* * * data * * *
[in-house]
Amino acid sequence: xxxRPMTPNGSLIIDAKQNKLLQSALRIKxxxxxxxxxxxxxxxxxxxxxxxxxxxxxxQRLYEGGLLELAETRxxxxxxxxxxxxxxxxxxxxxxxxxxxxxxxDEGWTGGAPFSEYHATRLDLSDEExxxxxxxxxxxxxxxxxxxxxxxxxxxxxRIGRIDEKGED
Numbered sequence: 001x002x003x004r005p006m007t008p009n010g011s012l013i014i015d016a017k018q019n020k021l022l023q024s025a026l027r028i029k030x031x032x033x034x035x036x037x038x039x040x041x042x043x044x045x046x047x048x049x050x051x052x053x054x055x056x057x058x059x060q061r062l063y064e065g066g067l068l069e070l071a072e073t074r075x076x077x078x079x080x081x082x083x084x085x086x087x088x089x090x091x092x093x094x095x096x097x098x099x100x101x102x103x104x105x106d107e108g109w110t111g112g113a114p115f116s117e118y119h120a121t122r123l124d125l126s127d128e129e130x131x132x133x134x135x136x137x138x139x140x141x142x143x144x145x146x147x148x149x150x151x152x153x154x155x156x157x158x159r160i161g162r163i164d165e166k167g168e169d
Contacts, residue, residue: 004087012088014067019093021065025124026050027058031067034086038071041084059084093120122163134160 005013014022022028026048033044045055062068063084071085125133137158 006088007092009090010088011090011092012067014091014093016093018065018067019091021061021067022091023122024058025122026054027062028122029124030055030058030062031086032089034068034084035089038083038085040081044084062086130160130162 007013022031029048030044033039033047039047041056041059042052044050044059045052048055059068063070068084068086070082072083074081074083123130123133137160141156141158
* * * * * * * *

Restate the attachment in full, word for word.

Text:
[in-house]
Amino acid sequence: xxxRPMTPNGSLIIDAKQNKLLQSALRIKxxxxxxxxxxxxxxxxxxxxxxxxxxxxxxQRLYEGGLLELAETRxxxxxxxxxxxxxxxxxxxxxxxxxxxxxxxDEGWTGGAPFSEYHATRLDLSDEExxxxxxxxxxxxxxxxxxxxxxxxxxxxxRIGRIDEKGED
Numbered sequence: 001x002x003x004r005p006m007t008p009n010g011s012l013i014i015d016a017k018q019n020k021l022l023q024s025a026l027r028i029k030x031x032x033x034x035x036x037x038x039x040x041x042x043x044x045x046x047x048x049x050x051x052x053x054x055x056x057x058x059x060q061r062l063y064e065g066g067l068l069e070l071a072e073t074r075x076x077x078x079x080x081x082x083x084x085x086x087x088x089x090x091x092x093x094x095x096x097x098x099x100x101x102x103x104x105x106d107e108g109w110t111g112g113a114p115f116s117e118y119h120a121t122r123l124d125l126s127d128e129e130x131x132x133x134x135x136x137x138x139x140x141x142x143x144x145x146x147x148x149x150x151x152x153x154x155x156x157x158x159r160i161g162r163i164d165e166k167g168e169d
Contacts, residue, residue: 004087012088014067019093021065025124026050027058031067034086038071041084059084093120122163134160 005013014022022028026048033044045055062068063084071085125133137158 006088007092009090010088011090011092012067014091014093016093018065018067019091021061021067022091023122024058025122026054027062028122029124030055030058030062031086032089034068034084035089038083038085040081044084062086130160130162 007013022031029048030044033039033047039047041056041059042052044050044059045052048055059068063070068084068086070082072083074081074083123130123133137160141156141158